United States District Court, D. Nevada
C. JONES, UNITED STATES DISTRICT JUDGE.
prisoner civil rights complaint under 42 U.S.C. § 1983
arises out of an alleged altercation over whether a prisoner
could remove his meal from the prison cafeteria. Pending
before the Court is the Magistrate Judge's Report and
Recommendation ("R&R") on motions to dismiss
and for summary judgment. For thse reasons given herein, the
Court respectfully rejects the R&R in part and grants the
motion for summary judgment.
FACTS AND PROCEDURAL HISTORY
Marvin Nordgaarden is a prisoner in the custody of the Nevada
Department of Corrections ("NDOC") housed at
Northern Nevada Correctional Center ("NNCC") in
Carson City. In his Complaint, Plaintiff alleged a free
exercise violation based on a policy preventing inmates from
bringing their food outside of the cafeteria on Passover.
Plaintiff alleged that his Jewish faith requires him to eat
his meal outside the presence of chametz (leavened bread). He
also alleged an equal protection violation based on the
policy and an Eighth Amendment violation based on
insufficient nutritional value of kosher meals provided. Upon
screening, the Court dismissed the claims with leave to
amend. Plaintiff filed the First Amended Complaint
("FAC"). The Court dismissed the amended claims
without leave to amend but permitted a new claim for
retaliation in violation of the First Amendment to proceed
against Corrections Officer Vest. In that claim, Plaintiff
alleges that on April 11, 2015, he argued with Vest when
Plaintiff tried to leave the cafeteria with his meal during
Passover. Vest told him it was not permitted on that day.
Plaintiff disagreed and tried to leave, anyway. Vest took
Plaintiffs meal, shoved him against a wall, handcuffed him,
put him in a holding cell, and threatened him with
administrative segregation should he file a complaint. Vest
has filed motions to dismiss and for summary judgment.
must grant summary judgment when "the movant shows that
there is no genuine dispute as to any material fact and the
movant is entitled to judgment as a matter of law."
Fed.R.Civ.P. 56(a). Material facts are those which may affect
the outcome of the case. See Anderson v. Liberty Lobby,
Inc., 411 U.S. 242, 248 (1986). A dispute as to a
material fact is genuine if there is sufficient evidence for
a reasonable jury to return a verdict for the nonmoving
party. See Id. A principal purpose of summary
judgment is "to isolate and dispose of factually
unsupported claims." Celotex Corp. v. Catrett,
477 U.S. 317, 323-24 (1986).
determining summary judgment, a court uses a burden-shifting
scheme. The moving party must first satisfy its initial
burden. "When the party moving for summary judgment
would bear the burden of proof at trial, it must come forward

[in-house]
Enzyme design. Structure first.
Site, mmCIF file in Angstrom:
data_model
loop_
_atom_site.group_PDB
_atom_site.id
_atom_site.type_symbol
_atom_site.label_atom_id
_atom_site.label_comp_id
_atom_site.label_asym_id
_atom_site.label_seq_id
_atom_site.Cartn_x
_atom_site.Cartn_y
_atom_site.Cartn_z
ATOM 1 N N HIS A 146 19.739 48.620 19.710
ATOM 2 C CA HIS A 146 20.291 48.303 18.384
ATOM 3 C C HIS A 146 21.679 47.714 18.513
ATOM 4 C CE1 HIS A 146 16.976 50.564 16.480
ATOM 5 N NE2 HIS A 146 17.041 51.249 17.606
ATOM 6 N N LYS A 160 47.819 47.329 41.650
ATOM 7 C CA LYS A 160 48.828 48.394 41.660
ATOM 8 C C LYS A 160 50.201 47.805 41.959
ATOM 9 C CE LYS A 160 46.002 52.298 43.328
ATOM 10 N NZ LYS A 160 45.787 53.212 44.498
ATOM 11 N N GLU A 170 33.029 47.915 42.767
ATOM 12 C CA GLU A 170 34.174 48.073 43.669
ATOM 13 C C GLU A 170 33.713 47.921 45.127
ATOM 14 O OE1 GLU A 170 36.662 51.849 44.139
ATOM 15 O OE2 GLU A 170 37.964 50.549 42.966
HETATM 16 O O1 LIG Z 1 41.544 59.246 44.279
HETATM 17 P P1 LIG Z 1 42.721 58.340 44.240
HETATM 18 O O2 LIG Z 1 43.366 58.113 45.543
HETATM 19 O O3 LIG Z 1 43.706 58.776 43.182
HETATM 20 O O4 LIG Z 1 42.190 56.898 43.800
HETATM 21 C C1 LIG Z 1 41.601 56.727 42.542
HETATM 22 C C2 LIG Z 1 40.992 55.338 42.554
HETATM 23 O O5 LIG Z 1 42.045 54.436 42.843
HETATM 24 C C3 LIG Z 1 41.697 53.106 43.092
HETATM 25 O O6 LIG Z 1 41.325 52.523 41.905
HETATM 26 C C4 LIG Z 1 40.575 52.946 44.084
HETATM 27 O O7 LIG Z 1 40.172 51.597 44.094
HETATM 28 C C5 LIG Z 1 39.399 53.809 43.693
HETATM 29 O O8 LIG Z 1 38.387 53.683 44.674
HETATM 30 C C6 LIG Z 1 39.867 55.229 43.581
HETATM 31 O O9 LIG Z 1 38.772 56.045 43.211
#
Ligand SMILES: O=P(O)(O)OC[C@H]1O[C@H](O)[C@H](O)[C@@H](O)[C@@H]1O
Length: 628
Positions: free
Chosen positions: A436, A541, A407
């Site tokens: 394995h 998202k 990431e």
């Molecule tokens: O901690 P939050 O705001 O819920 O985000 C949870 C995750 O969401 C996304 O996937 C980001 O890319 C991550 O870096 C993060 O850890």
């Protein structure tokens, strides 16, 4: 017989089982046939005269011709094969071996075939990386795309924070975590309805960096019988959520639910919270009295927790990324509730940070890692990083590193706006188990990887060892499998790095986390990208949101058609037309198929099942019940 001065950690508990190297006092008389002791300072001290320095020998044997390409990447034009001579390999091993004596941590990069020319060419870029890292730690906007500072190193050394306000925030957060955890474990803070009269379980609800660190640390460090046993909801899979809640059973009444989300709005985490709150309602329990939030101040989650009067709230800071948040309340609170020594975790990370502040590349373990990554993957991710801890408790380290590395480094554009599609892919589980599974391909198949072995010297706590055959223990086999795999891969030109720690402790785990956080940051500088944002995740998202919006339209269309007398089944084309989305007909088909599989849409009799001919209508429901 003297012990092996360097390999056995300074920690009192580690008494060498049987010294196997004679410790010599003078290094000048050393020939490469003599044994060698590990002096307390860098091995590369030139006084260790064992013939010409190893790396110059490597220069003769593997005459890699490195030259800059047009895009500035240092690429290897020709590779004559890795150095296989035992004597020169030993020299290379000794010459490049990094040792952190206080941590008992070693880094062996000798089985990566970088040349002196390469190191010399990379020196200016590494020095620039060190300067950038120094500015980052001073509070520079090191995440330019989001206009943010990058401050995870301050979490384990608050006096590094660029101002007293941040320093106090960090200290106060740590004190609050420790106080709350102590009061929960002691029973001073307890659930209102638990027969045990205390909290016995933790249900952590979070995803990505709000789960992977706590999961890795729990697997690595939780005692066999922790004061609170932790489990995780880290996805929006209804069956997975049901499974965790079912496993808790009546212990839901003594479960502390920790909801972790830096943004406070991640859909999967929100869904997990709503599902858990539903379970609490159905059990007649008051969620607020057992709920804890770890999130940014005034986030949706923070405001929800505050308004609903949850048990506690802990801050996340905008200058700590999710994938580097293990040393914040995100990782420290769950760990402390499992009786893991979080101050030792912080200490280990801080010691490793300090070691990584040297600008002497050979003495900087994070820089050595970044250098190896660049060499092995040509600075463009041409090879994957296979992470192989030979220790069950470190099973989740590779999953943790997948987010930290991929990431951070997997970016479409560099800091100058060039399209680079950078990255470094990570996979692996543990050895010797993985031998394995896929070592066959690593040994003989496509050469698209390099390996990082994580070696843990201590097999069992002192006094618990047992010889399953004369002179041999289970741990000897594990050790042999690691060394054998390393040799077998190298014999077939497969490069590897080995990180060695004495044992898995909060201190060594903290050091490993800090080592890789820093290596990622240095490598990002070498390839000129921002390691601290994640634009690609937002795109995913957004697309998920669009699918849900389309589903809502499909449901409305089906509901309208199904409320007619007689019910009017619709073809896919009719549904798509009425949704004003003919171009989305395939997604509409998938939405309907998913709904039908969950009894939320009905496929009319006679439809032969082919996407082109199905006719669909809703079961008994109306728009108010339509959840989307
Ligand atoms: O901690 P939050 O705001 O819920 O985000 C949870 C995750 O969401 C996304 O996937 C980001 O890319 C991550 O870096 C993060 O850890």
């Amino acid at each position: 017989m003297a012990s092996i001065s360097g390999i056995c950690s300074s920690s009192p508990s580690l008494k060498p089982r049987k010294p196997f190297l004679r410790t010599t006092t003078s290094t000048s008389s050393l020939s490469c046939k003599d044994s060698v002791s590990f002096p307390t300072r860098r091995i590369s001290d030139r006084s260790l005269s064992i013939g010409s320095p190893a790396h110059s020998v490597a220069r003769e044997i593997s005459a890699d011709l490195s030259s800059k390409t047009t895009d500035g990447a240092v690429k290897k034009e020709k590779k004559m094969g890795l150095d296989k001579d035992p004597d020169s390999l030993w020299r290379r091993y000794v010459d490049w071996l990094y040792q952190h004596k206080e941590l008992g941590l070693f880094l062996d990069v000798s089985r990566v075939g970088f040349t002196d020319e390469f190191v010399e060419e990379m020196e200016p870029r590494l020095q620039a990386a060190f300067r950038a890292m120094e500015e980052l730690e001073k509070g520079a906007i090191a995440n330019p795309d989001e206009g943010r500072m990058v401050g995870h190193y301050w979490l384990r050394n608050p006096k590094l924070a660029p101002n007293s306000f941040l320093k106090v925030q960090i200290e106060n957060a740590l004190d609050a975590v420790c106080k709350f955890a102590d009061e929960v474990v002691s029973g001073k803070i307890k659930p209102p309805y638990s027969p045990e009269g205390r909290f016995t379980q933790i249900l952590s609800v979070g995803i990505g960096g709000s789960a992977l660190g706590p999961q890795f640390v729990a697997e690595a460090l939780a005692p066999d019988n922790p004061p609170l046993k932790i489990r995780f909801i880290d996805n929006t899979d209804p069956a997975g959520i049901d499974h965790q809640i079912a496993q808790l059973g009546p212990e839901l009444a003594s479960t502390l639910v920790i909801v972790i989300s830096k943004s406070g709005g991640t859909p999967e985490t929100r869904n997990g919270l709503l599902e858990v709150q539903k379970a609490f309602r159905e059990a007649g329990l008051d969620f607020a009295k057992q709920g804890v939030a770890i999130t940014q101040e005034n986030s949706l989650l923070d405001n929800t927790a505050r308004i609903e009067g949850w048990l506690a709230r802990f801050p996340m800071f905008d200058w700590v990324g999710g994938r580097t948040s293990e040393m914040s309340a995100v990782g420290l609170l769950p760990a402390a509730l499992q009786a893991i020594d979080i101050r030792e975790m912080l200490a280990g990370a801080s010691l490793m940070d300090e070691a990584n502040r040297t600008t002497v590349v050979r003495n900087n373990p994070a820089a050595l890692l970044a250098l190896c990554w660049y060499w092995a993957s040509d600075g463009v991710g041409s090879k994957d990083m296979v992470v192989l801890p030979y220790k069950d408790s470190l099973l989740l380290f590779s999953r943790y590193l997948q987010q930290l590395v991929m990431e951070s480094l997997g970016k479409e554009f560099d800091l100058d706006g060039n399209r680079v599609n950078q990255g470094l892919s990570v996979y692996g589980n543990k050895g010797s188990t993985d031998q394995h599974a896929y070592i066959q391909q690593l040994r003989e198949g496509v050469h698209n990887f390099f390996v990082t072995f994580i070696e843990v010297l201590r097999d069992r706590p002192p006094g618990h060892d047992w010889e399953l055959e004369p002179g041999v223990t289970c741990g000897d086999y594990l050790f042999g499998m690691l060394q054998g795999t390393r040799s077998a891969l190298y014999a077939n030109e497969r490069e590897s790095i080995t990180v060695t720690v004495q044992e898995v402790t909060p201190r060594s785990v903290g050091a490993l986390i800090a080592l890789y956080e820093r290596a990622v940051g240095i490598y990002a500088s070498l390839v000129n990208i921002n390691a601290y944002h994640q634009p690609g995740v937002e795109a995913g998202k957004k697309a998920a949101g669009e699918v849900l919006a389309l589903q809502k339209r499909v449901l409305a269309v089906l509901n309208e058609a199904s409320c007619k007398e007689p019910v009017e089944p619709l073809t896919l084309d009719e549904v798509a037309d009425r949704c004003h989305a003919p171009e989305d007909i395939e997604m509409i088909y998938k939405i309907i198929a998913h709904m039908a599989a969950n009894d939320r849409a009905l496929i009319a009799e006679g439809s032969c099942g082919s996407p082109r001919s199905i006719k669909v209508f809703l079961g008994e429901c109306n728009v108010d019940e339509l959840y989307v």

with evidence which would entitle it to a directed verdict if
the evidence went uncontroverted at trial." C.A.R.
Transp. Brokerage Co. v. Darden Rests., Inc., 213 F.3d
474, 480 (9th Cir. 2000) (citation and internal quotation
marks omitted). In contrast, when the nonmoving party bears
the burden of proving the claim or defense, the moving party
can meet its burden in two ways: (1) by presenting evidence
to negate an essential element of the nonmoving party's
case; or (2) by demonstrating that the nonmoving party failed
to make a showing sufficient to establish an element
essential to that party's case on which that party will
bear the burden of proof at trial. See Celotex Corp.,
Ml U.S. at 323-24.
moving party fails to meet its initial burden, summary
judgment must be denied, and the court need not consider the
nonmoving party's evidence. See Adickes v. S.H. Kress
& Co., 398 U.S. 144, 160 (1970). If the moving party
meets its initial burden, the burden then shifts to the
nonmoving party to establish a genuine issue of material
fact. See Matsushita Elec. Indus. Co. v. Zenith Radio
Corp., 475 U.S. 574, 586 (1986). To establish the
existence of a factual dispute, the nonmoving party need not
establish a material issue of fact conclusively in its favor.
It is sufficient that "the claimed factual dispute be
shown to require a jury or judge to resolve the parties'
differing versions of the truth at trial." T. W.
Elec. Serv., Inc. v. Pac. Elec. Contractors Ass 'n,
809 F.2d 626, 631 (9th Cir. 1987). In other words, the
nonmoving party cannot avoid summary judgment by relying
solely on conclusory allegations unsupported by facts.
See Taylor v. List, 880 F.2d 1040, 1045 (9th Cir.
1989). Instead, the nonmoving party must go beyond the
assertions and allegations of the pleadings and set forth
specific facts by producing competent evidence that shows a
genuine issue for trial. See Fed. R. Civ. P. 56(e);
Celotex Corp., 477 U.S. at 324.
summary judgment stage, a court's function is not to
weigh the evidence and determine the truth, but to determine